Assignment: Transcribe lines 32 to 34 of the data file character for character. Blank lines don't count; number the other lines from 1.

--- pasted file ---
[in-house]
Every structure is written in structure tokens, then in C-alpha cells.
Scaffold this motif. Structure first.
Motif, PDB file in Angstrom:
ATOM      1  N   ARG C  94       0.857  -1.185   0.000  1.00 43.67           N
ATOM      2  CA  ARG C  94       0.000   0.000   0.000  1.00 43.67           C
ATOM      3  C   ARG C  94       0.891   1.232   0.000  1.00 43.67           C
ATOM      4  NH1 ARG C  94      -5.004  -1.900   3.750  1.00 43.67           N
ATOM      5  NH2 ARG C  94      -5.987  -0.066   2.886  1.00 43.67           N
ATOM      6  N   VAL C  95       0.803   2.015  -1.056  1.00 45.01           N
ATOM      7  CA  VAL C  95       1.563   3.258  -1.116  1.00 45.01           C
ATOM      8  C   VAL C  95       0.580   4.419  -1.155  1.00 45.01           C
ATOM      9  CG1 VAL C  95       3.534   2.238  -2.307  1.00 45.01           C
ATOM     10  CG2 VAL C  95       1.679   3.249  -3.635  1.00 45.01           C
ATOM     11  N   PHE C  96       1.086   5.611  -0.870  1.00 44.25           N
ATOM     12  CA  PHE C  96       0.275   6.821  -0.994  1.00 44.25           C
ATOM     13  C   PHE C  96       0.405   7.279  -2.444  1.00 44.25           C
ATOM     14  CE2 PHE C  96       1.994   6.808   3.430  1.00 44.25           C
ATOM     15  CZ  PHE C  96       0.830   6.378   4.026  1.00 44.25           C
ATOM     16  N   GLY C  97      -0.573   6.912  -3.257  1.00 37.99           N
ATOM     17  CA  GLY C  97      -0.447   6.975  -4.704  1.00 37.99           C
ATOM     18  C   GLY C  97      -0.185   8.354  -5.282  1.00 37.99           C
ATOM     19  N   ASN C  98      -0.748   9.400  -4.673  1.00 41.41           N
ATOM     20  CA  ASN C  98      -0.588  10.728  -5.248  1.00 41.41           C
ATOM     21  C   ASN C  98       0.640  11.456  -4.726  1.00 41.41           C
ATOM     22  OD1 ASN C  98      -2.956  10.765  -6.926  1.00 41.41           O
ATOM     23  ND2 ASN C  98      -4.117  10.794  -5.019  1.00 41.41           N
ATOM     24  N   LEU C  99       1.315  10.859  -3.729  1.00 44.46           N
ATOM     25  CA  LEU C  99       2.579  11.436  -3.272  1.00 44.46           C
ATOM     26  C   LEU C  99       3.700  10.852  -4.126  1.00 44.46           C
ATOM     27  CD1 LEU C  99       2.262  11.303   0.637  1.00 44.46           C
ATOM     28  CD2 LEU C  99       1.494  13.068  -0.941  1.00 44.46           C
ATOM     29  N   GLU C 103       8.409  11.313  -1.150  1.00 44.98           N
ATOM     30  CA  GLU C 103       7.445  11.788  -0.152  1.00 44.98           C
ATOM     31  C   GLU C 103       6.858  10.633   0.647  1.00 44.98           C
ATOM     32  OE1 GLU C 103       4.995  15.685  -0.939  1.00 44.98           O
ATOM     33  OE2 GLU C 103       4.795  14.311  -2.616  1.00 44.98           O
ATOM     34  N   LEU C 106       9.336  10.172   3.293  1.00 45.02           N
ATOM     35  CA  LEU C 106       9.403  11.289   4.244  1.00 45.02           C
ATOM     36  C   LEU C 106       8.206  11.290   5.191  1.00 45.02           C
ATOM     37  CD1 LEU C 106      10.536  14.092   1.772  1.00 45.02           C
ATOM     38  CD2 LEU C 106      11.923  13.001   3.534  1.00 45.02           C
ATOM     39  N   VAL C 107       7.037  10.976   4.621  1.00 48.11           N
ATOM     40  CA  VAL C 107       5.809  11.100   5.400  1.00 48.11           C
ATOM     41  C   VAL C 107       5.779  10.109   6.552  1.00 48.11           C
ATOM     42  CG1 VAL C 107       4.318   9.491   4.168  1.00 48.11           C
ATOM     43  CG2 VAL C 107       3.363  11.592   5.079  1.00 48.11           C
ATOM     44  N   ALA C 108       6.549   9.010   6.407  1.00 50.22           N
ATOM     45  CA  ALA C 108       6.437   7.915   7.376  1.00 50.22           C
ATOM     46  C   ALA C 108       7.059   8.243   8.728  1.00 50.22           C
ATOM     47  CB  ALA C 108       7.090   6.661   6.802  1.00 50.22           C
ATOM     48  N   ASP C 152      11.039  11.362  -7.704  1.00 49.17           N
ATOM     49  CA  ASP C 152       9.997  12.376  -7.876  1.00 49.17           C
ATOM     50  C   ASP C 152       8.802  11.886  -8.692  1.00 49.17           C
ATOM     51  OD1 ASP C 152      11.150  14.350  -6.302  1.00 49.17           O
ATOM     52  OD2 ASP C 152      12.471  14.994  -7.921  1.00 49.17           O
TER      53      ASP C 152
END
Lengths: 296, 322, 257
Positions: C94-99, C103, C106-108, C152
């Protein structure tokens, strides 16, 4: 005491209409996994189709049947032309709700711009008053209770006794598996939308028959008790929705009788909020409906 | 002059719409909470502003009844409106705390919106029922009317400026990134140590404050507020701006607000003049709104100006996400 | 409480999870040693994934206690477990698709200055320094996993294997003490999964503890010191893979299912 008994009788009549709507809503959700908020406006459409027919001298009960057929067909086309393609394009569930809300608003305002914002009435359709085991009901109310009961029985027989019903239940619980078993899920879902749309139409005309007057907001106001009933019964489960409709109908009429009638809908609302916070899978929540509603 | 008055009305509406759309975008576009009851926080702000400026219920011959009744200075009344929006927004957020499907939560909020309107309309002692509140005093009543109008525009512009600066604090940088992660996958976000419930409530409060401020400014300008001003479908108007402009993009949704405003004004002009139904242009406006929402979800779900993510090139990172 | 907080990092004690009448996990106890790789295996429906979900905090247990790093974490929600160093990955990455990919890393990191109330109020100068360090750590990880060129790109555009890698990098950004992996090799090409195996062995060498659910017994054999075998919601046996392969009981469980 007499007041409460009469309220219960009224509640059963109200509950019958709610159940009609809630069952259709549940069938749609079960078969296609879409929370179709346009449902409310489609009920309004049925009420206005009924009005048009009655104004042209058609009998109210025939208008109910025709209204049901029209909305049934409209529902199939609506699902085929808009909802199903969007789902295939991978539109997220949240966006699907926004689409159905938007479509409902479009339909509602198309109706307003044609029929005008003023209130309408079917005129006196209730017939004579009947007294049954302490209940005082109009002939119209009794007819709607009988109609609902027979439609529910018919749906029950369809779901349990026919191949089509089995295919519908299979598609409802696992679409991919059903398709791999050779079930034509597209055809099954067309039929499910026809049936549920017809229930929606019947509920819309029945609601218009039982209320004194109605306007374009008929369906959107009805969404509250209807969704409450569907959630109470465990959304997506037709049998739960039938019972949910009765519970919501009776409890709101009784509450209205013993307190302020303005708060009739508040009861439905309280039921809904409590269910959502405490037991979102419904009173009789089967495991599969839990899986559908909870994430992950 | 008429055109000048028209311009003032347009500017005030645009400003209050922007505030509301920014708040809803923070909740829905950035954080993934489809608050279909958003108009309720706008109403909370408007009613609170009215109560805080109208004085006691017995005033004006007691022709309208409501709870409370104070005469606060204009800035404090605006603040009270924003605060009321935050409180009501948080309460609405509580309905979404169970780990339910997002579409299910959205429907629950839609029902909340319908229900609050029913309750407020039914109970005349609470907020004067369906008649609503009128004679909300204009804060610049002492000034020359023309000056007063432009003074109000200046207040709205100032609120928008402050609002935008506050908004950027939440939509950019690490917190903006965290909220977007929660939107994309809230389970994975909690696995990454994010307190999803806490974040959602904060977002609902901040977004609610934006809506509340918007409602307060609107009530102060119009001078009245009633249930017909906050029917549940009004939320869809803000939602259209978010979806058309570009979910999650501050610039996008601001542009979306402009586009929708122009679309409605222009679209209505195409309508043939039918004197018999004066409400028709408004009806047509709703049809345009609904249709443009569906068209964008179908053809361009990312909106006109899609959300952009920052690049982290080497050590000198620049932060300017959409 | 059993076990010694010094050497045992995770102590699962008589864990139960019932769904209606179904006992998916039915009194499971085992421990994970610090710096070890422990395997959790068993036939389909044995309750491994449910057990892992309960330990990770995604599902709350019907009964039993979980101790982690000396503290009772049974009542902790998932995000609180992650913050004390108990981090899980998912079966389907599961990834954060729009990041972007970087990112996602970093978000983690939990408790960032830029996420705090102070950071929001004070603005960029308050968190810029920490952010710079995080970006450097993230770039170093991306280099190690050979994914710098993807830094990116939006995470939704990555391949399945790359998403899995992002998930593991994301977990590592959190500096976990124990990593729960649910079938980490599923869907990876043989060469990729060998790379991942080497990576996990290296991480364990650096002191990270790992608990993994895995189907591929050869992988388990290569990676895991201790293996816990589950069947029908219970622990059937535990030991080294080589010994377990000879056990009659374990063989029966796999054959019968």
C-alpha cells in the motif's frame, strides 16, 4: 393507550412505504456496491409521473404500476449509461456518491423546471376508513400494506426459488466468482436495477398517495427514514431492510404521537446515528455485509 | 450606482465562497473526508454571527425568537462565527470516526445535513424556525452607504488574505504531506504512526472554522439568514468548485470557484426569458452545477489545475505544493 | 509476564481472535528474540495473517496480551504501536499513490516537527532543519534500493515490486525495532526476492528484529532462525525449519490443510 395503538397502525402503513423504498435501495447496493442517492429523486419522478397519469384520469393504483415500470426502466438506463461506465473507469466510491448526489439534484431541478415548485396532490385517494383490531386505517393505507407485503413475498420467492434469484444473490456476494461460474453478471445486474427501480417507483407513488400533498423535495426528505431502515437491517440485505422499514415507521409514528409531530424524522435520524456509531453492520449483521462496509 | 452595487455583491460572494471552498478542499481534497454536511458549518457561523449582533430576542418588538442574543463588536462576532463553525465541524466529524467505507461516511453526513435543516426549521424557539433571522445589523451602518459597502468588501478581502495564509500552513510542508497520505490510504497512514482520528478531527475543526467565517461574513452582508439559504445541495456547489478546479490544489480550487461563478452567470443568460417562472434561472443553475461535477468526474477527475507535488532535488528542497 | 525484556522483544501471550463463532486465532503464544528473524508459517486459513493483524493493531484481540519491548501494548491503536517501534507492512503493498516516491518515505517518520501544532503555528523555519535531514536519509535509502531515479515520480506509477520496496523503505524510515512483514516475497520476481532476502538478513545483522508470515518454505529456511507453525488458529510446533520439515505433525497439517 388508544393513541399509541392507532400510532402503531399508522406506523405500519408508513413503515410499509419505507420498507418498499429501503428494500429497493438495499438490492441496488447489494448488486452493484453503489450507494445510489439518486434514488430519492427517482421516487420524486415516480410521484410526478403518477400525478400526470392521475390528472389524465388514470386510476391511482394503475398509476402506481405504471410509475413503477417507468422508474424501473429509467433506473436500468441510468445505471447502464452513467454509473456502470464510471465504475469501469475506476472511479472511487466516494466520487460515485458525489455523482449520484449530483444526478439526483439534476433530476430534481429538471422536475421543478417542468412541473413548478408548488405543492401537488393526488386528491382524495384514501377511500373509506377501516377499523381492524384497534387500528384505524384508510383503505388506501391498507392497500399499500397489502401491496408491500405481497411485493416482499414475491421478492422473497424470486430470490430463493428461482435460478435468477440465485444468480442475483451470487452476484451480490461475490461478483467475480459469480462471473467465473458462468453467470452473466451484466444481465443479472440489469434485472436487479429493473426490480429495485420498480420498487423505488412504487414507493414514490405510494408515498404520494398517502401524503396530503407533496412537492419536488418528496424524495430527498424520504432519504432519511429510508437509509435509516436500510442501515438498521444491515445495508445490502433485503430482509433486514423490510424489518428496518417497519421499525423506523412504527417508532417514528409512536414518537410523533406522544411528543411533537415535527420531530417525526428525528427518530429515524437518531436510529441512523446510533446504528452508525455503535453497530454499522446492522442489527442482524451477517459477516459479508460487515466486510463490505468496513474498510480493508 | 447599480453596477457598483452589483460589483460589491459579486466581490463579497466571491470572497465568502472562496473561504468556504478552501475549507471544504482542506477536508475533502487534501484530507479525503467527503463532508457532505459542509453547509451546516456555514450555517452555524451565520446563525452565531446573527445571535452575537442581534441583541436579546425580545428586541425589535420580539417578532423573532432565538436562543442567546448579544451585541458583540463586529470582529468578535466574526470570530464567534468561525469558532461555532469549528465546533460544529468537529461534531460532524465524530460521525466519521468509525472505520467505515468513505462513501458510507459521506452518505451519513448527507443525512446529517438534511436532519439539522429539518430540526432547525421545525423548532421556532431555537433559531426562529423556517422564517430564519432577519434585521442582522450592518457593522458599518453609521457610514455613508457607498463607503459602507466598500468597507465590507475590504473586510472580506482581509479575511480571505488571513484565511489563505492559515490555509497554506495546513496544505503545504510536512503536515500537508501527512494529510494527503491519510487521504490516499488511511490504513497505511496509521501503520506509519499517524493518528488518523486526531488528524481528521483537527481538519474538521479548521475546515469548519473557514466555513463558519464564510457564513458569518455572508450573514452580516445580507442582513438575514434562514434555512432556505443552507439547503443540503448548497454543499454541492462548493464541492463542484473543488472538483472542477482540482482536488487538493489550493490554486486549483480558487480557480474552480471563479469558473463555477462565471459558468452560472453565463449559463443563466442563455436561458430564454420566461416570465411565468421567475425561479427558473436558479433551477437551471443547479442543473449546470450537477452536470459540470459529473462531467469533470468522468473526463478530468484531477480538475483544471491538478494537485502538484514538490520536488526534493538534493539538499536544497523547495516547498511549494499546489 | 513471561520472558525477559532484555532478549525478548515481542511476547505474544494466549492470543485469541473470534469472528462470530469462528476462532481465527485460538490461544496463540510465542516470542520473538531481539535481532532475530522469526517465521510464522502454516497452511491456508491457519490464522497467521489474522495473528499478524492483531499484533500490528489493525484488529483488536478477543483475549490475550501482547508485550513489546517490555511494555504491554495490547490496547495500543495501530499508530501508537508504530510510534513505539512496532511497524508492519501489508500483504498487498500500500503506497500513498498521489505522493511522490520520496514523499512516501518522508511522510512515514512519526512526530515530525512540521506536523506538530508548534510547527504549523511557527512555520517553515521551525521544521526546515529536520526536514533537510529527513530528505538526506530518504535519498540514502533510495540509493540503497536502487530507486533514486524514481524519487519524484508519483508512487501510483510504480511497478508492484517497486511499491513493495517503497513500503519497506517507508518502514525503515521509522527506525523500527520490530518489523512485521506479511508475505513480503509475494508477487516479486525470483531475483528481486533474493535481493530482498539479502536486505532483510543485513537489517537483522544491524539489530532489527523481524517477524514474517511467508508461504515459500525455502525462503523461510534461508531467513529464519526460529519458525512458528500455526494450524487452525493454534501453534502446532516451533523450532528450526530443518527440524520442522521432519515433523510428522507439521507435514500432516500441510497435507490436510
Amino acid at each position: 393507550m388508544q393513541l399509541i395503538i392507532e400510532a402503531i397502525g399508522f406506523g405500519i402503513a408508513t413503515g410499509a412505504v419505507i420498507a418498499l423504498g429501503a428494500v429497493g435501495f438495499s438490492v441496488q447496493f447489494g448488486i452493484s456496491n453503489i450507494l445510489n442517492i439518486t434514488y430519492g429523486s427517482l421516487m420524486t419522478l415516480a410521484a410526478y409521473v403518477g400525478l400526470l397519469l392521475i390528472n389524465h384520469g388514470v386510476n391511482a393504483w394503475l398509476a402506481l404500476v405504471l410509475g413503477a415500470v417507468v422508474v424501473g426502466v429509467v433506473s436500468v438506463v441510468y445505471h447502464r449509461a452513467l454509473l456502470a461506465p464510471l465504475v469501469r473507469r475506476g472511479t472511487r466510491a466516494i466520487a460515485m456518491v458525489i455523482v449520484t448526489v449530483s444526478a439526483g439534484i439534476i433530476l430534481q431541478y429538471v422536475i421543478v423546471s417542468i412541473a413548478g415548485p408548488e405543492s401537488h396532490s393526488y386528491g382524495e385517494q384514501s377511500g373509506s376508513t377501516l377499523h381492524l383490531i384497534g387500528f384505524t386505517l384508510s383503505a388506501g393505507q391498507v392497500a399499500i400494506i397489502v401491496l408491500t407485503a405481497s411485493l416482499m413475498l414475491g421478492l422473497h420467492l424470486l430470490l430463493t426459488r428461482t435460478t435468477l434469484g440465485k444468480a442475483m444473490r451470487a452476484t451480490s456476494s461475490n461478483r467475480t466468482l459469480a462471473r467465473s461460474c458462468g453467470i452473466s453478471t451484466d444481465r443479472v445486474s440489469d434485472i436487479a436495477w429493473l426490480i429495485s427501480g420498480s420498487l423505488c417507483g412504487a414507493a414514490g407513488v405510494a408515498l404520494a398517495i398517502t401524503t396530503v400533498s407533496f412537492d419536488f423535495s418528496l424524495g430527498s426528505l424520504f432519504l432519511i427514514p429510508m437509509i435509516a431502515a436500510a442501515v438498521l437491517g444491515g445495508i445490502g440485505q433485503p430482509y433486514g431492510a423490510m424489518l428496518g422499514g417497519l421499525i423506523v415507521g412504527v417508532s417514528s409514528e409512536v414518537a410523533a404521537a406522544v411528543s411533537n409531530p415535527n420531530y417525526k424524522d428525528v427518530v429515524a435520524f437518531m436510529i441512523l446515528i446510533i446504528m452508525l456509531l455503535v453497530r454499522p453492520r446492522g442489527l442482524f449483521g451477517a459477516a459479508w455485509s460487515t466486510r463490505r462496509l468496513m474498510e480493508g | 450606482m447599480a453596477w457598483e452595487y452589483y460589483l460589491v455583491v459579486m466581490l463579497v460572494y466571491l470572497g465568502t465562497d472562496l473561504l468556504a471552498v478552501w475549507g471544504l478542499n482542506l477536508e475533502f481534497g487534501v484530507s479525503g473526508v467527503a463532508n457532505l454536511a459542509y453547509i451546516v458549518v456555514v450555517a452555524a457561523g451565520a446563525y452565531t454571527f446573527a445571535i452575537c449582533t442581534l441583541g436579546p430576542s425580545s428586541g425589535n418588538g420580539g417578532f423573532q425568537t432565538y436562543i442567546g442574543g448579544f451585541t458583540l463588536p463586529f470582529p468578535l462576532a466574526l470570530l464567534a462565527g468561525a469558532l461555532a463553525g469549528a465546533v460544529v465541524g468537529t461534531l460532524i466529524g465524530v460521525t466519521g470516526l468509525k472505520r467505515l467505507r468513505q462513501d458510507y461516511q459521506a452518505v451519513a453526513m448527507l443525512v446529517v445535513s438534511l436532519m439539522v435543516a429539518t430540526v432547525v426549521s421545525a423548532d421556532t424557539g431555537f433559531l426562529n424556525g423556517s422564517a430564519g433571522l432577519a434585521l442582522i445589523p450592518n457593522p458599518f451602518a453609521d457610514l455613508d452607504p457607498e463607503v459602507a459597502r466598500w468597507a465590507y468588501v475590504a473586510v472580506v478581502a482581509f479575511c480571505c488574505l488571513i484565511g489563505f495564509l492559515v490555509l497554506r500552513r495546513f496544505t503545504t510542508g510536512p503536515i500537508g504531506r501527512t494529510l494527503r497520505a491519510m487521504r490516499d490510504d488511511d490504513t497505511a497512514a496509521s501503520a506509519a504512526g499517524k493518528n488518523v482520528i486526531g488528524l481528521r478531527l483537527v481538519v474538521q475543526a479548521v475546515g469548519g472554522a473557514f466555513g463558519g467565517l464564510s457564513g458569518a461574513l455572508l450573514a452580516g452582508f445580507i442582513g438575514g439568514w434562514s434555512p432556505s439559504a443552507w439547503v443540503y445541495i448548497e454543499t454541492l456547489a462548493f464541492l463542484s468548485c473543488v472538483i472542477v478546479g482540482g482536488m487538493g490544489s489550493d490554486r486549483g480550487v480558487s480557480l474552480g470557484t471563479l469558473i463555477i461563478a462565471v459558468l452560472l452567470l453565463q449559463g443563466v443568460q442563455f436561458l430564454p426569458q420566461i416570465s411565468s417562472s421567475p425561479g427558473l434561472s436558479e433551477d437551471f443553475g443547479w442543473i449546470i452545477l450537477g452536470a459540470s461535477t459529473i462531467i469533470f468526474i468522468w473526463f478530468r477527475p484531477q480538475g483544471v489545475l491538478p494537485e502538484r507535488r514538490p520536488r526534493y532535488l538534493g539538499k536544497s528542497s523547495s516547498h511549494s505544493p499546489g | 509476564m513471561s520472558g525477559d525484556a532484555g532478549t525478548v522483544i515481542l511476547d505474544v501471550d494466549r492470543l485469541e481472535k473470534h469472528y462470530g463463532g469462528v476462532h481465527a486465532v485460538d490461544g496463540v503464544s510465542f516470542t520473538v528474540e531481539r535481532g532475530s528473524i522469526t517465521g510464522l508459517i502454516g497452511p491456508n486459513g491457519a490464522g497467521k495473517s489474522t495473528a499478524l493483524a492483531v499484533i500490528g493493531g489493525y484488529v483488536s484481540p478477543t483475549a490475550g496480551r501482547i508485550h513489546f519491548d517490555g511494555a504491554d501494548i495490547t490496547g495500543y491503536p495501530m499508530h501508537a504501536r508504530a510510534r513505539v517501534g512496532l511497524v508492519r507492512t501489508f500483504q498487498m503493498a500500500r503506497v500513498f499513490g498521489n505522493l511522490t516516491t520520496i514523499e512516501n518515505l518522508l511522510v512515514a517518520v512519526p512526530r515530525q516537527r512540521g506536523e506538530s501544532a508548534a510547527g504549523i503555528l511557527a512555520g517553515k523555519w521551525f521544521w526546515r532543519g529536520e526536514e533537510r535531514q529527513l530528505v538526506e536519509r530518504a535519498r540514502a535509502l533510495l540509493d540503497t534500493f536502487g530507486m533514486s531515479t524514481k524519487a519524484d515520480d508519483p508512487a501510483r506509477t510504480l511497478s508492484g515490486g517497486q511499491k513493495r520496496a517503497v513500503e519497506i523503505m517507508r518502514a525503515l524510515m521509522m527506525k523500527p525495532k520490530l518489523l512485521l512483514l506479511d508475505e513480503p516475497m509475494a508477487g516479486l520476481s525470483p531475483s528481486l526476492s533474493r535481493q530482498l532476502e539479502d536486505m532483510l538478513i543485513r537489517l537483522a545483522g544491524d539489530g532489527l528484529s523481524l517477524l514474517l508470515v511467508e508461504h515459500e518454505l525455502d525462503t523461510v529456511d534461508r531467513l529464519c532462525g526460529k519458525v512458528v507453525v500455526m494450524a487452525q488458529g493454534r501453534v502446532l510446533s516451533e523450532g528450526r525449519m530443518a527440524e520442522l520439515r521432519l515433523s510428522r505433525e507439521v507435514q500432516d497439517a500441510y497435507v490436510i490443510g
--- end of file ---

ATOM     28  CD2 LEU C  99       1.494  13.068  -0.941  1.00 44.46           C
ATOM     29  N   GLU C 103       8.409  11.313  -1.150  1.00 44.98           N
ATOM     30  CA  GLU C 103       7.445  11.788  -0.152  1.00 44.98           C